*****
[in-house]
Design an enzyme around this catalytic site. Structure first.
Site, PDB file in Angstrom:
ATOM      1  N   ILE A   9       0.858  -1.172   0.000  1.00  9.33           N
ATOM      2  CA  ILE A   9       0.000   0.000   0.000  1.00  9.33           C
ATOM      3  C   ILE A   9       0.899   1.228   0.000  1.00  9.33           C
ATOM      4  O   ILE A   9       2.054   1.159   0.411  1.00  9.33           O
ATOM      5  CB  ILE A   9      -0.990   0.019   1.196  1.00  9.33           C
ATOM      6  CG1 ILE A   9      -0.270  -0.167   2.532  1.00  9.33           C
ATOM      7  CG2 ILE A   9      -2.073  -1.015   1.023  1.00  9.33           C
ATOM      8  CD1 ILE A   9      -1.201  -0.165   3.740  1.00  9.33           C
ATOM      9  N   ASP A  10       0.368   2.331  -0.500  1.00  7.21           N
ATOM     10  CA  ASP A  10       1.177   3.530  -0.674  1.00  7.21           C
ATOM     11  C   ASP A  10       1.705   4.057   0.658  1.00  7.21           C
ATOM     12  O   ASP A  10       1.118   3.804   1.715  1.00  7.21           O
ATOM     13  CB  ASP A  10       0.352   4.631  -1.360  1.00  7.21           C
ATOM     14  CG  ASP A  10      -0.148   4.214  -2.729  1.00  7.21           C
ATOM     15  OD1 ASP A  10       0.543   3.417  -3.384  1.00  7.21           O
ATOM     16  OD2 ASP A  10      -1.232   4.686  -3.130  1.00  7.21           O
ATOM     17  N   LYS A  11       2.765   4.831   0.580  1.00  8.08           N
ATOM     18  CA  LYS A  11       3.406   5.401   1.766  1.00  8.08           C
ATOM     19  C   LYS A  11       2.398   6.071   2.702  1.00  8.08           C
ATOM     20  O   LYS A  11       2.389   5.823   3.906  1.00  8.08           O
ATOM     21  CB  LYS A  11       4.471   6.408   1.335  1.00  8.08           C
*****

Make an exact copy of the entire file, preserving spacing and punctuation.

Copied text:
[in-house]
Design an enzyme around this catalytic site. Structure first.
Site, PDB file in Angstrom:
ATOM      1  N   ILE A   9       0.858  -1.172   0.000  1.00  9.33           N
ATOM      2  CA  ILE A   9       0.000   0.000   0.000  1.00  9.33           C
ATOM      3  C   ILE A   9       0.899   1.228   0.000  1.00  9.33           C
ATOM      4  O   ILE A   9       2.054   1.159   0.411  1.00  9.33           O
ATOM      5  CB  ILE A   9      -0.990   0.019   1.196  1.00  9.33           C
ATOM      6  CG1 ILE A   9      -0.270  -0.167   2.532  1.00  9.33           C
ATOM      7  CG2 ILE A   9      -2.073  -1.015   1.023  1.00  9.33           C
ATOM      8  CD1 ILE A   9      -1.201  -0.165   3.740  1.00  9.33           C
ATOM      9  N   ASP A  10       0.368   2.331  -0.500  1.00  7.21           N
ATOM     10  CA  ASP A  10       1.177   3.530  -0.674  1.00  7.21           C
ATOM     11  C   ASP A  10       1.705   4.057   0.658  1.00  7.21           C
ATOM     12  O   ASP A  10       1.118   3.804   1.715  1.00  7.21           O
ATOM     13  CB  ASP A  10       0.352   4.631  -1.360  1.00  7.21           C
ATOM     14  CG  ASP A  10      -0.148   4.214  -2.729  1.00  7.21           C
ATOM     15  OD1 ASP A  10       0.543   3.417  -3.384  1.00  7.21           O
ATOM     16  OD2 ASP A  10      -1.232   4.686  -3.130  1.00  7.21           O
ATOM     17  N   LYS A  11       2.765   4.831   0.580  1.00  8.08           N
ATOM     18  CA  LYS A  11       3.406   5.401   1.766  1.00  8.08           C
ATOM     19  C   LYS A  11       2.398   6.071   2.702  1.00  8.08           C
ATOM     20  O   LYS A  11       2.389   5.823   3.906  1.00  8.08           O
ATOM     21  CB  LYS A  11       4.471   6.408   1.335  1.00  8.08           C